A separate report from TMZ claims Shelly is growing concerned that former Microsoft CEO Steve Ballmer could back out of his $2 billion agreement to purchase the Clippers. The tentative deal between Shelly and Ballmer reportedly contains an escape clause for Ballmer if it is determined that she does not have clear control over the team.

Should Donald win his case against Shelly and prove he is mentally fit to remain owner of the Clippers, the NBA will revert to its original plan of forcing Sterling out through a vote. David Aldridge of NBA.com reports that the league “initiated termination protocol” against Sterling last month but halted the process when it appeared Sterling was going to agree to give up the team.

The only thing we are certain of as the saga rolls on is that there are a ton of moving parts. That means the entire ordeal is going to take some time to sort out. Whether the legal proceedings are enough to scare Ballmer away remains to be seen.

Steve Ballmer deal to buy Clippers reportedly signed by Sterling Trust

Donald Sterling Anderson Cooper

Even though former Microsoft CEO Steve Ballmer reportedly won the bidding to purchase the Los Angeles Clippers, Donald Sterling’s attorney was making a lot of noise saying that the current team owner would not sign off on a sale. But it looks like that might not matter.

According to ESPN LA’s Ramona Shelburne, the Sterling Trust signed off on the sale (aka Shelly Sterling), which means a second signature of approval from Donald would not be needed.

It’s been said all along that Sterling would do anything possible to block a sale of the team, so we fully anticipate seeing him exercise all legal avenues to fight this. But it’s pretty clear the NBA is dead-set on moving forward in the process. They’ve essentially forced Sterling out whether he liked it or not, and they did so quickly.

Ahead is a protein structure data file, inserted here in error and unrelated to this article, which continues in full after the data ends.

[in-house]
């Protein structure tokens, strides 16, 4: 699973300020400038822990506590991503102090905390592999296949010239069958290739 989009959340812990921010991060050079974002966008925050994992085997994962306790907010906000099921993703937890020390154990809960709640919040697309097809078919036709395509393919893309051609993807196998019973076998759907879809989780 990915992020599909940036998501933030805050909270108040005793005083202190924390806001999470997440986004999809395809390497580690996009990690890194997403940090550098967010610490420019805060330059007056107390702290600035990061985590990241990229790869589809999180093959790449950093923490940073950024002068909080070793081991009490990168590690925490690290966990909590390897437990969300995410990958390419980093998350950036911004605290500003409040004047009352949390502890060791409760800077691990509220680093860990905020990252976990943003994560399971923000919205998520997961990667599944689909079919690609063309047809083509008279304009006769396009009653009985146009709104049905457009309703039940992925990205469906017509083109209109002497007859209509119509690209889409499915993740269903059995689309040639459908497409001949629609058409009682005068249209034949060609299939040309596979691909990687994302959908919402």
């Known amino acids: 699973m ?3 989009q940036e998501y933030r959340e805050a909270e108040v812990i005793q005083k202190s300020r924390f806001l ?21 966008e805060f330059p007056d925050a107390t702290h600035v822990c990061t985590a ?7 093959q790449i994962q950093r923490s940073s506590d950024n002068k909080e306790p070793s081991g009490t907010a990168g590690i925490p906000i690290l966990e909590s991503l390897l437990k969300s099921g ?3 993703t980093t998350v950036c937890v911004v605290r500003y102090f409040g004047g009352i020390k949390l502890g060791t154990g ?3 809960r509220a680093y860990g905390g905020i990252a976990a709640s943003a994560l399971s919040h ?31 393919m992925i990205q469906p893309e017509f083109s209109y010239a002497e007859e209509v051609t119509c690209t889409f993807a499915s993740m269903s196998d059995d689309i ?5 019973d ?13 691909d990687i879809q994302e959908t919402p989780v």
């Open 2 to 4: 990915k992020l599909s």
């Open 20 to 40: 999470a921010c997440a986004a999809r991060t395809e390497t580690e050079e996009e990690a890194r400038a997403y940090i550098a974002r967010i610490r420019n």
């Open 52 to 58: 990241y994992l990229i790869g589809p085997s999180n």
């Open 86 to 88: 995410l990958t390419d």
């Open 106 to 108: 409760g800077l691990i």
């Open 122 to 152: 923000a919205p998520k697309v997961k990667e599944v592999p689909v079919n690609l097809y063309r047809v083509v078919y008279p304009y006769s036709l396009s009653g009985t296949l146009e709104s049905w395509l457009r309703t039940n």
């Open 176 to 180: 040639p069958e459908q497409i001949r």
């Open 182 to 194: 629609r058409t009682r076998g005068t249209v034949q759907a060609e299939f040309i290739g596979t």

If the team actually is sold and a deal is approved by the Sterling Trust, I don’t imagine it will be reversed by a court. If anything, maybe the league or new ownership group will have to pay some extra fees to Sterling, but I think this baby is moving forward.

The deal just now needs NBA approval. Ballmer already has been approved by the league for a potential purchase in the past, so you have to imagine he’ll be approved once again.

Steve Ballmer reportedly to buy Clippers after $2 billion winning bid

Steve BallmerFormer longtime Microsoft CEO Steve Ballmer has won the purchase of the Los Angeles Clippers with a $2 billion bid, according to a report.

The news was first reported by the LA Times’ James Rainey.

CBS News’ Norah O’Donnell reported that at least three bids ranging from $1.2-$1.8 billion came in before Ballmer won the bidding with his $2 billion bid.

The lawyer for Donald Sterling’s wife said that they had been offered $2.5 billion for the team. Looks like that figure was high, but not by too much. $2 billion is a lot of cheddar for the franchise, but like I said before, the demand for such a desirable team filled with legitimate stars and located in such a desirable city was sure to drive bidding higher than expected.

The Times says Ballmer beat out groups led by David Geffen and also the Guggenheim Group, which is the same crew that recently purchased the Dodgers. The $2 billion figure is just below the $2.1 billion the Guggenheim Group paid for the Dodgers.